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Gardening: Hardy Hibiscus

As the vivid colors of early summer fade, native hardy hibiscus makes an appearance in dramatic style.
Martha Stewart Living, July 2011

Hibiscus seems exotic. We think of India or Mexico, of sarong-clad Hawaiians with a single blossom tucked behind the appropriate ear. Yet some of the most spectacular hibiscus are native to temperate North America, where they bloom happily and easily in summer gardens as far north as Zone 4. They appear late in the season, after midsummer. Each bud lasts only a day, but there are many, which means that hibiscus can flower for weeks when few other perennials are in bloom.

Hibiscus moscheutos (swamp rose mallow) grows wild near ponds, salt marshes, and upland wetlands from Massachusetts to Wisconsin, Florida to Texas. You may come upon the huge, simple flowers -- clear pink or white -- swaying on six-foot stems among reeds or grasses. Wherever they grow becomes a wonderland.

These wild hibiscus and their cultivated cousins are surprisingly adaptable to gardens. Given a wet locale, they will be grateful. But even without one, they will bloom with regular watering and some compost. They love full sun but can manage in partial shade, especially if that shade comes in the afternoon.

Most hardy hibiscus hybrids found in garden centers stay close in form and color to their splendid native progenitors. They grow from four to eight feet tall; their flowers open six to 12 inches across. The plants look most harmonious when arranged in ways that echo their natural habitats: grouped in clumps of two or three, and allowed to tower in the back of a border amid tall grasses or billowy shrubs.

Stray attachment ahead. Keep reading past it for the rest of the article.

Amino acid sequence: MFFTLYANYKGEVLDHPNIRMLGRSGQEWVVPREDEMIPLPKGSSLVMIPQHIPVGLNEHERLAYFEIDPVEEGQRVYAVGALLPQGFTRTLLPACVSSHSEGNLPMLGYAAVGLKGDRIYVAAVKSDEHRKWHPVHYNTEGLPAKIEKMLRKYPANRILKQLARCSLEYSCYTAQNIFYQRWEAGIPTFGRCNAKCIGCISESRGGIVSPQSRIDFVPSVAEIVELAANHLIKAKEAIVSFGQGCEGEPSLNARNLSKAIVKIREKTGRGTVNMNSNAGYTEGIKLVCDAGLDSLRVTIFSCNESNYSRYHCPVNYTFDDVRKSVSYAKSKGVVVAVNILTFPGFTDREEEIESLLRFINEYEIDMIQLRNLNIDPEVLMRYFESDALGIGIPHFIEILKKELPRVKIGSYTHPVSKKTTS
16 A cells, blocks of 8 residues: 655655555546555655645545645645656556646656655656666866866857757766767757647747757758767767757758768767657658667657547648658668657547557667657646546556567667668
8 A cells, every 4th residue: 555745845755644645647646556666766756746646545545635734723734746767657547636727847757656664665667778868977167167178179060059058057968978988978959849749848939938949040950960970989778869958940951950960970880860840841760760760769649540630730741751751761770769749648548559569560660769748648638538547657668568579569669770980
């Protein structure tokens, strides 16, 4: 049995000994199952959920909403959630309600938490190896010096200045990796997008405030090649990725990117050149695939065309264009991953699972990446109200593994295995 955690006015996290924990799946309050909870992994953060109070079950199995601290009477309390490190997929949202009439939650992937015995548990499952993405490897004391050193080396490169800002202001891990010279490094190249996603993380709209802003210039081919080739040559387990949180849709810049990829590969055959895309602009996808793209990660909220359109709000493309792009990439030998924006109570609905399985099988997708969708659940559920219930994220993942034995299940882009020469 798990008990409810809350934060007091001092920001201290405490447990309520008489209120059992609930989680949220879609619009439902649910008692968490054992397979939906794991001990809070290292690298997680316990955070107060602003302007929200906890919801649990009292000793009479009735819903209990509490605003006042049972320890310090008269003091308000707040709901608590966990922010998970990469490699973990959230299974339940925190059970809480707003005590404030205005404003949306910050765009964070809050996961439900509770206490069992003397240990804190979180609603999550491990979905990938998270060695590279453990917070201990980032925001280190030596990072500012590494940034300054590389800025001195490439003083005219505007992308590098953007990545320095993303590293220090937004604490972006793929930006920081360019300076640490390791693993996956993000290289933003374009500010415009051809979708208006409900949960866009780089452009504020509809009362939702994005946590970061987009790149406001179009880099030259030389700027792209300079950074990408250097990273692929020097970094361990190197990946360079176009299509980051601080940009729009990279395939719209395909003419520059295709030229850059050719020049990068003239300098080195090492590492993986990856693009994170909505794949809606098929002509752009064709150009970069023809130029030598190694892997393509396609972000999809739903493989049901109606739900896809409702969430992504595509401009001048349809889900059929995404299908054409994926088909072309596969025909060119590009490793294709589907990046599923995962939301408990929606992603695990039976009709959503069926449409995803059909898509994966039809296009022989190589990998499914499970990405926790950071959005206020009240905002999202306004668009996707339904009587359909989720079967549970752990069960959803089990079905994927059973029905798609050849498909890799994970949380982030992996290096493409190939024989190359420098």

The tallest stems will sometimes topple, especially in shade. Keep them upright with a couple of stout bamboo sticks and twine wrapped around them as the stalks develop. Some varieties have been selected for shorter stems -- four to five feet, which can save staking and be helpful in smaller spaces. 'Lady Baltimore' is one of these, with flowers in a lovely pink. Others include the red 'Lord Baltimore' and 'Blue River II,' which blooms an unexpected brilliant white. Just watch out for the plant breeders' extremes: Twelve-inch flowers on two-foot stems, for instance, can have trouble supporting their own weight.

Hibiscus usually dies right down to the ground over winter. First shoots return in late spring, so mark them well, or leave part of their woody stems uncut so that you know where to expect them. Gardeners in colder places can enjoy hibiscus as annuals if they plant them from pots. Those at the other end of the range, in Zones 6 to 11, can grow the vivid native scarlet swamp mallow, Hibiscus coccineus.

Bees and other pollinators love hibiscus. But so do Japanese beetles. Look for their shiny backs, and pick them off in the early mornings if holes appear in leaves or buds.

Your efforts will be rewarded when, suddenly, those big buds open wide. Fresh petals of pink, white, or red will flutter against the deep blue of August and September skies, and summer will be reborn.

Great Late Bloomers

Hibiscus thrive in temperate gardens and wild marshes, some soaring above seven feet, others standing at more modest heights.

1-3. Hibiscus moscheutos is the native swamp rose mallow; its pink, white, and red flowers grow on four- to seven-foot stems.

4. The large warm-pink flowers of 'Lady Baltimore' have red eyes and usually appear on easy-to-manage four-foot stems.

5. 'Blue River II' has pure-white, crinkly flowers and blue-green leaves.

6. A compact plant, 'Fantasia' produces lavender flowers that have deeper eyes.

7. 'Sweet Caroline' has rose-pink, ruffled petals and grows four to five feet tall.

8. H. coccineus is a Southern native that will grow in Zones 6 to 11; it can reach heights of 10 feet with delicate-looking blooms.

9. 'Fireball' produces some of the biggest and boldest flowers in the garden -- 12 inches across and deep red -- on five-foot stems.

In Living Color

Each brilliant bud lasts only a day, but there are so many that hibiscus can flower for weeks.The flowers look their best growing in loose clumps, as they do in nature. Special thanks to the New York Botanical Garden (nybg.org). Hardy hibiscus are available at Wayside Gardens (waysidegardens.com) and Plant Delights nursery at Juniper Level Botanic Gardens (plantdelights.com).